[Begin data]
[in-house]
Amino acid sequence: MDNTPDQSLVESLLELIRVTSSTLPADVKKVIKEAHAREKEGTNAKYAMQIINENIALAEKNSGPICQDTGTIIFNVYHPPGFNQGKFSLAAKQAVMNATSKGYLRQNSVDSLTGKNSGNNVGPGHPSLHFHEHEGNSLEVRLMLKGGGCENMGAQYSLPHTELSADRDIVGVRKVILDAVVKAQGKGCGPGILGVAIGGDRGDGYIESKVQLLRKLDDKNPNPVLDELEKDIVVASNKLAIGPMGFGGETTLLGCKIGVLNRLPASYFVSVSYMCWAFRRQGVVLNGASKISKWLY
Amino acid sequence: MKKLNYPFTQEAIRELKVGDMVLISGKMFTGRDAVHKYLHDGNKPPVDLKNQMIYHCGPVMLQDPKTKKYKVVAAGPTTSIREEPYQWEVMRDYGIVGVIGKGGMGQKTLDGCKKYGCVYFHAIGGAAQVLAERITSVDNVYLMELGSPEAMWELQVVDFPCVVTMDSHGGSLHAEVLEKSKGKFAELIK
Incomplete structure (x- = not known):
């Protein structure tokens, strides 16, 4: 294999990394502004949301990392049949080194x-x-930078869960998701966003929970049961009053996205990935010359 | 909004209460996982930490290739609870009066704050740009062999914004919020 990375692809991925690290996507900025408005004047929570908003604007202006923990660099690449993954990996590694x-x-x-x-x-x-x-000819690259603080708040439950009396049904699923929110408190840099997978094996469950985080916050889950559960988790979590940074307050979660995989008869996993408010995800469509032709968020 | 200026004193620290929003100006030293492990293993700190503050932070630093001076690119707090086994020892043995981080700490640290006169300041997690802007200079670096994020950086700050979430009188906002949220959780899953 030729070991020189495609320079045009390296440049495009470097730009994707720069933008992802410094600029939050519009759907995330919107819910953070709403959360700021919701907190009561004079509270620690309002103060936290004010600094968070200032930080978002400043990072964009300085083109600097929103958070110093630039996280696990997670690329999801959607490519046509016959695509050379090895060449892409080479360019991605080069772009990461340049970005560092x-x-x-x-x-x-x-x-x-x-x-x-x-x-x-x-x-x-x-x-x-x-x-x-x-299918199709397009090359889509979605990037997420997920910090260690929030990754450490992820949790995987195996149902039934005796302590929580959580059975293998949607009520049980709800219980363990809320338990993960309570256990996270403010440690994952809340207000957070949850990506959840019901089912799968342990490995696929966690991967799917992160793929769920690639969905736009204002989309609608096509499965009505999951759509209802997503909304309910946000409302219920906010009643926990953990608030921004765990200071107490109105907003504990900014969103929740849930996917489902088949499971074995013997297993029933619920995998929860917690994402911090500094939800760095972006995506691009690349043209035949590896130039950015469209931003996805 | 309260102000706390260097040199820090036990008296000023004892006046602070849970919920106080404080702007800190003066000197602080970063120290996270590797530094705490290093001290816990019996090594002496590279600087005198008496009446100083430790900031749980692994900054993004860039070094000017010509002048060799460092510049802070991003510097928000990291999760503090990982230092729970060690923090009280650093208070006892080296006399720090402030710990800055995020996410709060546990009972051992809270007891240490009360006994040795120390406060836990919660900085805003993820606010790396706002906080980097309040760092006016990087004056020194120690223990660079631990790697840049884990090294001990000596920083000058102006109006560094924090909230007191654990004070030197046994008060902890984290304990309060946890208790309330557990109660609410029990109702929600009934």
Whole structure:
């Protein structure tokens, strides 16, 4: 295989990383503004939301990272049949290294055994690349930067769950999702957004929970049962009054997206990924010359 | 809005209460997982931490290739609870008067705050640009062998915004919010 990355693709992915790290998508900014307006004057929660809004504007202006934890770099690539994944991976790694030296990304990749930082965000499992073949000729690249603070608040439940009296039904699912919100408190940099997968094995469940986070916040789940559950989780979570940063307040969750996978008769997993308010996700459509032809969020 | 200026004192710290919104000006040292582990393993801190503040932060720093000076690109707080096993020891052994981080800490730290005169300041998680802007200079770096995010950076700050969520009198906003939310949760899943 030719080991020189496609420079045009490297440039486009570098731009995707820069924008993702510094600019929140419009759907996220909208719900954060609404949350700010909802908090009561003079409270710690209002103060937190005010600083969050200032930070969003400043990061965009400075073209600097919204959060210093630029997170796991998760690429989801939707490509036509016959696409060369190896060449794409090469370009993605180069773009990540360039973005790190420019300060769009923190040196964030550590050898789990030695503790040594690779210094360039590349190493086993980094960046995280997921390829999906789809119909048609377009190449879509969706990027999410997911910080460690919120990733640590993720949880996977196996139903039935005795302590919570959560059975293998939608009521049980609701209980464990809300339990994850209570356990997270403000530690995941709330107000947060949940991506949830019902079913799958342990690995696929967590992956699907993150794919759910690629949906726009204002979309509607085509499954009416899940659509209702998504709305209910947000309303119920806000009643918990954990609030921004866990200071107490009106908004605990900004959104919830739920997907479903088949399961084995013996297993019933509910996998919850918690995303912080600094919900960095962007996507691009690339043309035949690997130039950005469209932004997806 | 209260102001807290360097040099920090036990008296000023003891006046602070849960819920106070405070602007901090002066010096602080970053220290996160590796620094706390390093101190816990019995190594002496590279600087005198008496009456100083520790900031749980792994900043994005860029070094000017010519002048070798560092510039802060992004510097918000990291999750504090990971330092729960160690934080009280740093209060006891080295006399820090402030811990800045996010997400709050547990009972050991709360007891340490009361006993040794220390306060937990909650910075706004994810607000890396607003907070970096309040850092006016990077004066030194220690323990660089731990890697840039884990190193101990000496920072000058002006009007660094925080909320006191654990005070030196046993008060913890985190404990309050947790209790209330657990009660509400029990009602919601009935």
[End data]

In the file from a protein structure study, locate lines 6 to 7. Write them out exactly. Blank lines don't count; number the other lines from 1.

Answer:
Whole structure:
């Protein structure tokens, strides 16, 4: 295989990383503004939301990272049949290294055994690349930067769950999702957004929970049962009054997206990924010359 | 809005209460997982931490290739609870008067705050640009062998915004919010 990355693709992915790290998508900014307006004057929660809004504007202006934890770099690539994944991976790694030296990304990749930082965000499992073949000729690249603070608040439940009296039904699912919100408190940099997968094995469940986070916040789940559950989780979570940063307040969750996978008769997993308010996700459509032809969020 | 200026004192710290919104000006040292582990393993801190503040932060720093000076690109707080096993020891052994981080800490730290005169300041998680802007200079770096995010950076700050969520009198906003939310949760899943 030719080991020189496609420079045009490297440039486009570098731009995707820069924008993702510094600019929140419009759907996220909208719900954060609404949350700010909802908090009561003079409270710690209002103060937190005010600083969050200032930070969003400043990061965009400075073209600097919204959060210093630029997170796991998760690429989801939707490509036509016959696409060369190896060449794409090469370009993605180069773009990540360039973005790190420019300060769009923190040196964030550590050898789990030695503790040594690779210094360039590349190493086993980094960046995280997921390829999906789809119909048609377009190449879509969706990027999410997911910080460690919120990733640590993720949880996977196996139903039935005795302590919570959560059975293998939608009521049980609701209980464990809300339990994850209570356990997270403000530690995941709330107000947060949940991506949830019902079913799958342990690995696929967590992956699907993150794919759910690629949906726009204002979309509607085509499954009416899940659509209702998504709305209910947000309303119920806000009643918990954990609030921004866990200071107490009106908004605990900004959104919830739920997907479903088949399961084995013996297993019933509910996998919850918690995303912080600094919900960095962007996507691009690339043309035949690997130039950005469209932004997806 | 209260102001807290360097040099920090036990008296000023003891006046602070849960819920106070405070602007901090002066010096602080970053220290996160590796620094706390390093101190816990019995190594002496590279600087005198008496009456100083520790900031749980792994900043994005860029070094000017010519002048070798560092510039802060992004510097918000990291999750504090990971330092729960160690934080009280740093209060006891080295006399820090402030811990800045996010997400709050547990009972050991709360007891340490009361006993040794220390306060937990909650910075706004994810607000890396607003907070970096309040850092006016990077004066030194220690323990660089731990890697840039884990190193101990000496920072000058002006009007660094925080909320006191654990005070030196046993008060913890985190404990309050947790209790209330657990009660509400029990009602919601009935």